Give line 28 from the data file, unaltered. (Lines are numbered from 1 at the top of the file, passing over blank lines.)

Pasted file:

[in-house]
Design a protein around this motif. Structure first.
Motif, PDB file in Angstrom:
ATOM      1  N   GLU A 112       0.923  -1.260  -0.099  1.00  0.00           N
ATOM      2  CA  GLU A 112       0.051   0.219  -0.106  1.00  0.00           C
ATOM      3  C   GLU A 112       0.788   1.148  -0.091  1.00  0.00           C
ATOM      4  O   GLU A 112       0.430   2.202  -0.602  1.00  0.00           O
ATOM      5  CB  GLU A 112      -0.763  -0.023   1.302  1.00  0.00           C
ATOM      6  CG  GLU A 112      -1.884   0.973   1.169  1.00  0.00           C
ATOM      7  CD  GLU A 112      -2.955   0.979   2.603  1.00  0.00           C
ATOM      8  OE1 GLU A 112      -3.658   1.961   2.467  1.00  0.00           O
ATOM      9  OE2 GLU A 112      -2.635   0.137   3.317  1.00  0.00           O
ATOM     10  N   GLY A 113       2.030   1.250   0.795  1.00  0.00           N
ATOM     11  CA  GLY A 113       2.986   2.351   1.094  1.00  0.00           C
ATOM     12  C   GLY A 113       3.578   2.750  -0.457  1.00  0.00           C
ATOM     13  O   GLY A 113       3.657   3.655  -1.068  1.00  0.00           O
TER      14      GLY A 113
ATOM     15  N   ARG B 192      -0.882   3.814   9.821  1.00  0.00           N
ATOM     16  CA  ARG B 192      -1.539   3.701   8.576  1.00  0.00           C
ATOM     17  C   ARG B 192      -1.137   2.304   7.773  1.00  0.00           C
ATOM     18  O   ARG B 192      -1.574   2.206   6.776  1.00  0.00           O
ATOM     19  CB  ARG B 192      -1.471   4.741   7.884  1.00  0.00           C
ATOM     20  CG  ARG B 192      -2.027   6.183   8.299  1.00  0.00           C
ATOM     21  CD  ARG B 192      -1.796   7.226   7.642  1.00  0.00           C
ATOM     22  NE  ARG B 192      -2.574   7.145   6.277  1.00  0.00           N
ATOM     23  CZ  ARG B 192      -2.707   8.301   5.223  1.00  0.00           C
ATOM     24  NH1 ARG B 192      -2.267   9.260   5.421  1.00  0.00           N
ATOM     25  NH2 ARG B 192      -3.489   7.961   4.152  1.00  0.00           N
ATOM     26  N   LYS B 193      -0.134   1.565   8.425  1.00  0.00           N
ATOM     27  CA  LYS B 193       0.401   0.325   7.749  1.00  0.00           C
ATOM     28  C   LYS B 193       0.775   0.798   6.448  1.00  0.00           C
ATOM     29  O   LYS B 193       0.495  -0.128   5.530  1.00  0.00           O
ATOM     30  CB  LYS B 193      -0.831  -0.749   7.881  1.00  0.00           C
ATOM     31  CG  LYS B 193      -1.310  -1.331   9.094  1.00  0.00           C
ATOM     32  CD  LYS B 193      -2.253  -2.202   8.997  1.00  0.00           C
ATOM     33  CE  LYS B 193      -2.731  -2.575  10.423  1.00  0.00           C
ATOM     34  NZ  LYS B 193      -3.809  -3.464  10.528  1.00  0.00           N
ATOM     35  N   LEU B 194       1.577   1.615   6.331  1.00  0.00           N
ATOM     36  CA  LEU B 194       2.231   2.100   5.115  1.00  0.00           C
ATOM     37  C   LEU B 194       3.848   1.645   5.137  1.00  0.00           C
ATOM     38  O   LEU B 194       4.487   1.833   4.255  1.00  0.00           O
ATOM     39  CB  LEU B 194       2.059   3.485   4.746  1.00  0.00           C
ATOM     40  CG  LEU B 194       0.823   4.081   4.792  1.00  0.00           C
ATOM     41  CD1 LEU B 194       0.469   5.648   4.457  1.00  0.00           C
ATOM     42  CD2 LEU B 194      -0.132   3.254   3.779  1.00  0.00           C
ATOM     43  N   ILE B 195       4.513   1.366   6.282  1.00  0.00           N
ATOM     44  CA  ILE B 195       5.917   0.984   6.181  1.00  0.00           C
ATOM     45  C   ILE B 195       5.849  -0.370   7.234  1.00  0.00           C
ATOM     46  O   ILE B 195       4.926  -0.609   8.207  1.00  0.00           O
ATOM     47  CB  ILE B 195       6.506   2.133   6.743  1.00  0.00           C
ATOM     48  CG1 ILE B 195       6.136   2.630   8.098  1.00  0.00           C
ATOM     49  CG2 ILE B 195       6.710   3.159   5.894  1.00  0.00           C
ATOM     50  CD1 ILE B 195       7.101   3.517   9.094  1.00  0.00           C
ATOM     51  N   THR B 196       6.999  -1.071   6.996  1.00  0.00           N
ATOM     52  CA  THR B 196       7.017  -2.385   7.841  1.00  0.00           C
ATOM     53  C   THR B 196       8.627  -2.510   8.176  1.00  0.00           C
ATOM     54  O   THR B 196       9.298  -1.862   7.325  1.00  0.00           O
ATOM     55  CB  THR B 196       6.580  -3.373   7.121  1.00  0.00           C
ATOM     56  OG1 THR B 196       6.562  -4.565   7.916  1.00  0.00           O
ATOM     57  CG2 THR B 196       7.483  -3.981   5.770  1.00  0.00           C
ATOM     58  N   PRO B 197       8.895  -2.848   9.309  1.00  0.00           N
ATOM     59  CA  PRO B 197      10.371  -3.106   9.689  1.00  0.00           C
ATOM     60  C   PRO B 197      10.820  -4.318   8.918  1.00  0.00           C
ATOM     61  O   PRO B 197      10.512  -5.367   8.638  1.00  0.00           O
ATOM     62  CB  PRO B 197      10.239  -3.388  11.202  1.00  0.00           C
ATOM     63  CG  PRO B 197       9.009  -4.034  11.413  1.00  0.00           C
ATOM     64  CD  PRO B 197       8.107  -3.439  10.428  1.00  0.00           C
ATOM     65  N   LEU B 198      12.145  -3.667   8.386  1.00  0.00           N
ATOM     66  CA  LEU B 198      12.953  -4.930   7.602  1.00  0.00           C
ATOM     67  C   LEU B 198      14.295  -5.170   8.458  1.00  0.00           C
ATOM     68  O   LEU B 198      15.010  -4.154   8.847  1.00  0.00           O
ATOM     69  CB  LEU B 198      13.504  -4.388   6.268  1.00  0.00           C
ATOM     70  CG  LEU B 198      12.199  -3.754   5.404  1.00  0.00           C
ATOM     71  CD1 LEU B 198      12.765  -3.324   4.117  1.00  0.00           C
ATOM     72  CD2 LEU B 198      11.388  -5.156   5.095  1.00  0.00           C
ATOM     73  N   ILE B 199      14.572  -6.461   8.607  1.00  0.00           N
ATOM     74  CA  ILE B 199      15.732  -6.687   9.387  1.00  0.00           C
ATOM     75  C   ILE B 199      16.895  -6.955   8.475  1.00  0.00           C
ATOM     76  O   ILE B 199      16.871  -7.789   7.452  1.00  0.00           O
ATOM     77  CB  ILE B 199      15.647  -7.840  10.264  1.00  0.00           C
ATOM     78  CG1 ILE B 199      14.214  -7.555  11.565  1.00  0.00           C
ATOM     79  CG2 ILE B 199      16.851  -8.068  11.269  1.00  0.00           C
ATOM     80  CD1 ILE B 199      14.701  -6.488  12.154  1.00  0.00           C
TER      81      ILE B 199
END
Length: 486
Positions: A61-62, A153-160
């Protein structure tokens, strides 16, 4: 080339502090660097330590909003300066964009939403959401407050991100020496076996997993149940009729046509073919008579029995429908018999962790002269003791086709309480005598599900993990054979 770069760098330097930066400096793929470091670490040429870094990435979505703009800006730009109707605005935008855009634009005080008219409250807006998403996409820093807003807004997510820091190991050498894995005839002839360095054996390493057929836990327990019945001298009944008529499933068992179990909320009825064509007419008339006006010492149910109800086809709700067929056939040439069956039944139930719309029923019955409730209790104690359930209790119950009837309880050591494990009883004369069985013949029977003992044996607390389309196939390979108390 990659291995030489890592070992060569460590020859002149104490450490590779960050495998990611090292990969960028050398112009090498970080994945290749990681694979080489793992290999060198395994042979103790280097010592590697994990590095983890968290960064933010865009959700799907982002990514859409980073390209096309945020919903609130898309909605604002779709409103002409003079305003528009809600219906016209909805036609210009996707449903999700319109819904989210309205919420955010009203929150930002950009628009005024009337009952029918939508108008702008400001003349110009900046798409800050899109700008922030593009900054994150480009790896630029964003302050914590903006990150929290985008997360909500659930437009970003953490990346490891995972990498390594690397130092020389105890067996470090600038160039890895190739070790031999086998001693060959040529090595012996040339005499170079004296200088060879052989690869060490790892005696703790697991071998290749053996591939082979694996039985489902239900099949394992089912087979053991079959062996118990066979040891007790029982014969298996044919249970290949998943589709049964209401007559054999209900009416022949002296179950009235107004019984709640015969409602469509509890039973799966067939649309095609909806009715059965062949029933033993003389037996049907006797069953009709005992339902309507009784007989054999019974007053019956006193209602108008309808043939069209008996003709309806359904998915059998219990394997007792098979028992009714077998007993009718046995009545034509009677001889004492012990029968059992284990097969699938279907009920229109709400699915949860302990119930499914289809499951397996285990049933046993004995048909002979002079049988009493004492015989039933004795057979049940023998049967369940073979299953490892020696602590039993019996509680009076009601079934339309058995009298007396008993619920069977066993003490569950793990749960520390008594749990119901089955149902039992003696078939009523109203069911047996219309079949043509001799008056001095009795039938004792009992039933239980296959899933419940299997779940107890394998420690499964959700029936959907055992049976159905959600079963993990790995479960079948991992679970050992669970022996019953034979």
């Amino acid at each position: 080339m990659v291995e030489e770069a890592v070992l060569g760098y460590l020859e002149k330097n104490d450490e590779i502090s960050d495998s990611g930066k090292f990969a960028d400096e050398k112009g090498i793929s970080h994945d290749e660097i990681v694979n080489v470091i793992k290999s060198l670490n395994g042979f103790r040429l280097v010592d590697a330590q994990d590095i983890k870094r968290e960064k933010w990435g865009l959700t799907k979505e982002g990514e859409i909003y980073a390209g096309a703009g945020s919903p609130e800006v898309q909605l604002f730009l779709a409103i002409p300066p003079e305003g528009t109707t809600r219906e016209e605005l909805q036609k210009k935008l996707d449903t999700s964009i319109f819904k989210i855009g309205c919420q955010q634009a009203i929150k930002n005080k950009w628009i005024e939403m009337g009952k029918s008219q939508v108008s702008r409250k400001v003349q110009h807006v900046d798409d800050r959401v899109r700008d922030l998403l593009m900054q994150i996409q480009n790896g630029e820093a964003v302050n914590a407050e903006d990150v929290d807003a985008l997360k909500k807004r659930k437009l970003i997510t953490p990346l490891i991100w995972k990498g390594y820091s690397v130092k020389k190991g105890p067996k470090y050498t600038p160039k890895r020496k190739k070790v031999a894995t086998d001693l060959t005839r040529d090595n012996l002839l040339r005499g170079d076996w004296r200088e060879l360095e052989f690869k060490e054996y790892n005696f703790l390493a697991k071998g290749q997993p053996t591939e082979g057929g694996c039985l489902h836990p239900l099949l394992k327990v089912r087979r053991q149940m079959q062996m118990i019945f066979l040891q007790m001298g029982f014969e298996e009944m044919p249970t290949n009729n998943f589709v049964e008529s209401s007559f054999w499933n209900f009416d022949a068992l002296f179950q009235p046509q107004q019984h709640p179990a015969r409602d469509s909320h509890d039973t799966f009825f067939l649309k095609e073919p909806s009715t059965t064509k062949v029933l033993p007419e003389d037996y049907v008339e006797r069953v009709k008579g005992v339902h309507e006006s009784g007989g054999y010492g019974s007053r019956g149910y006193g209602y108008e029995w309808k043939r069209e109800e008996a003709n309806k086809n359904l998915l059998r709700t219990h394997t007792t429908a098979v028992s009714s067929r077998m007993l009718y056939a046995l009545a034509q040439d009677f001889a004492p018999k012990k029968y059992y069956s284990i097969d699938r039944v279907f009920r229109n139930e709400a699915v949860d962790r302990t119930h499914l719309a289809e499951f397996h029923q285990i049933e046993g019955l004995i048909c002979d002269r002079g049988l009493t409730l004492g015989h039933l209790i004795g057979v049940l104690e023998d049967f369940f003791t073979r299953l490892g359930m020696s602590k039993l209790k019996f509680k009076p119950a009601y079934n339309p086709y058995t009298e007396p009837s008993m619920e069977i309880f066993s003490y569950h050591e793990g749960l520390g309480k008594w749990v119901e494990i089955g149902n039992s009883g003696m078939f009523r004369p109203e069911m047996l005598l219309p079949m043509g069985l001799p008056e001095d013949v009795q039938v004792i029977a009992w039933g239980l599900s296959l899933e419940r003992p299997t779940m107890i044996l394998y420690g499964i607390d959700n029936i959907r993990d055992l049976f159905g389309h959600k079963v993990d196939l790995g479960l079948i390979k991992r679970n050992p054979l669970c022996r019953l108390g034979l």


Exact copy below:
ATOM     25  NH2 ARG B 192      -3.489   7.961   4.152  1.00  0.00           N